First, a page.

The youngest ever Nobel Peace Prize winner, Malala Yousafzai announced a new partnership with UNICEF to support and develop education policies for the Syrian refugee children in Jordon. She even celebrated her 18th birthday in Lebanon recently by opening a school for Syrian refugee girls, repeating her call for world leaders to invest in “books not bullets”.
Being an inspiration to children across the world, Malala is determined to increase the school attendance and ensure quality education for them. This new support that she has garnered is perfectly-timed as UNICEF and its partners are preparing a large-scale back-to-learning campaign over the summer months.
According to reports over the years, as many as 58 million children don’t go to school. Although, the basic education fund has gone up from 2002 to 2009, the number of children getting in school has stagnated ever since. To bring significant changes to this scenario, Malala spent time in Azraq camp with 16-year-old Syrian education advocate, Mozoun, who led the first UNICEF supported back-to-learning campaign in the Zaatari Refugee Camp during the summer of 2013.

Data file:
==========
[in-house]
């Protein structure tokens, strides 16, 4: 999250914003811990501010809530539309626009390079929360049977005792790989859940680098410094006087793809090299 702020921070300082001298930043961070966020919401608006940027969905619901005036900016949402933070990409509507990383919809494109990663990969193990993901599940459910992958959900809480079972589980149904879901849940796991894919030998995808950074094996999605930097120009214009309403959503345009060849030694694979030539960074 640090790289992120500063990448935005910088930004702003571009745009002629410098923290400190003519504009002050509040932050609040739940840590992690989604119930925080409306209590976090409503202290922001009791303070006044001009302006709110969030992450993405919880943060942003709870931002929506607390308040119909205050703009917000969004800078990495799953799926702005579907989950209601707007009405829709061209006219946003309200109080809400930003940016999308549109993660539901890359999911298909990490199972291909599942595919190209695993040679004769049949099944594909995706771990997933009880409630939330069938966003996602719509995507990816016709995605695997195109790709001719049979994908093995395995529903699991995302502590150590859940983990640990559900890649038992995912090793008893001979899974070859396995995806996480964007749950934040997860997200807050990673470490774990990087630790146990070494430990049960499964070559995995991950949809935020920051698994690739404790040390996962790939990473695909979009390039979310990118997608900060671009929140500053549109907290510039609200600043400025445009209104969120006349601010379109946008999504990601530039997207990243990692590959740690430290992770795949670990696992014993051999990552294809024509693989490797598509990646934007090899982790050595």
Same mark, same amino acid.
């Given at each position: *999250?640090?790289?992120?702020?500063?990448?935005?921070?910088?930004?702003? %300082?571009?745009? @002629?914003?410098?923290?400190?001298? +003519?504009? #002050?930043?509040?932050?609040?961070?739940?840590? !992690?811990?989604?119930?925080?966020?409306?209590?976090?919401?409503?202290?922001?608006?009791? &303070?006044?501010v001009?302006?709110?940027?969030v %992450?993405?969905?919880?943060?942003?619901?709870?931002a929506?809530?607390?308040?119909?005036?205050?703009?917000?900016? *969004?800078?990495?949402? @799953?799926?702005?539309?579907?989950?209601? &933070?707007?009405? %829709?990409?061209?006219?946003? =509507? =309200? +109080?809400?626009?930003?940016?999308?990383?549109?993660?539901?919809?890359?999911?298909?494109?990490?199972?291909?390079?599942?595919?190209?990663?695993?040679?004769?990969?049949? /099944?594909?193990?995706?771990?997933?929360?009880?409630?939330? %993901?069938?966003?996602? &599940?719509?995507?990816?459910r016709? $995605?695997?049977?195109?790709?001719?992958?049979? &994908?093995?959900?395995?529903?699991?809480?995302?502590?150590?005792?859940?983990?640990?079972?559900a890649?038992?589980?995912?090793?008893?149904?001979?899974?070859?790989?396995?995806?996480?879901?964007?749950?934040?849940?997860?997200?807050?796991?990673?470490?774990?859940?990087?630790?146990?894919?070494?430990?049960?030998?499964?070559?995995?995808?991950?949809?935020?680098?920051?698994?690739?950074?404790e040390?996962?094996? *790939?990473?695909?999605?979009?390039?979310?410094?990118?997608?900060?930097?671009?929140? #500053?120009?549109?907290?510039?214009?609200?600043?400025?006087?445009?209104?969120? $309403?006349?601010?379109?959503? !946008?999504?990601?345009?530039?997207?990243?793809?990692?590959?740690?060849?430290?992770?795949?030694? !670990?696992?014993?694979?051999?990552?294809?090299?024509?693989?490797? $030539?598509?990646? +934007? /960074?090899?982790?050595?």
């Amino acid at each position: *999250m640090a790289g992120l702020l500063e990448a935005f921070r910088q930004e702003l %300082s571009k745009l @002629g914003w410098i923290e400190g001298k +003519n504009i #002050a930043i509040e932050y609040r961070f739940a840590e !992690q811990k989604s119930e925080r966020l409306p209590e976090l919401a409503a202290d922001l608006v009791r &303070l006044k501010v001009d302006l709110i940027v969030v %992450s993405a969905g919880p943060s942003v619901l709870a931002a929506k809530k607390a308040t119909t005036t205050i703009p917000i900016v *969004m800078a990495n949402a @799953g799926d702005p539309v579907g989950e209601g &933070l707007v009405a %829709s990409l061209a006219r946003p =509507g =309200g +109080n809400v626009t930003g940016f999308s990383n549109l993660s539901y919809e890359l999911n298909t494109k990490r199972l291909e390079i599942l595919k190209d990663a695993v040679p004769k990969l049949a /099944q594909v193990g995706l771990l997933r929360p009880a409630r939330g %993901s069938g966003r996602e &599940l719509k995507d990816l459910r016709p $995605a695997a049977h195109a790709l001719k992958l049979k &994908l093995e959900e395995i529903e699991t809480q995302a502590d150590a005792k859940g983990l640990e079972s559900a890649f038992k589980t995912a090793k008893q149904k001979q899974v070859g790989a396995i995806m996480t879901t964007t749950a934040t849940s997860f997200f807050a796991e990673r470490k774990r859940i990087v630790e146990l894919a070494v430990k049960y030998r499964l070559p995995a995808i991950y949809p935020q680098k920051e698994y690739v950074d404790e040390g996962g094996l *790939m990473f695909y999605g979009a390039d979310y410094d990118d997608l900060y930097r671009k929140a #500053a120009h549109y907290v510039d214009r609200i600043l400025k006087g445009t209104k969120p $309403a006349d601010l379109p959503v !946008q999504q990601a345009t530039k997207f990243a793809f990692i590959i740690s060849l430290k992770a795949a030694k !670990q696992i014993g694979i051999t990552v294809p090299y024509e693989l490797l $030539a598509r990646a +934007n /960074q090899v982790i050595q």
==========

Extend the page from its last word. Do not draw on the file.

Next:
A propagator of the concept of knowledge and education, The Malala Fund has also paid for the school in Bekaa Valley, close to Syrian border where around 200 girls will study. In an effort to promote the theory all over the world, Malala has also launched the BooksNotBullets hashtag over the social media.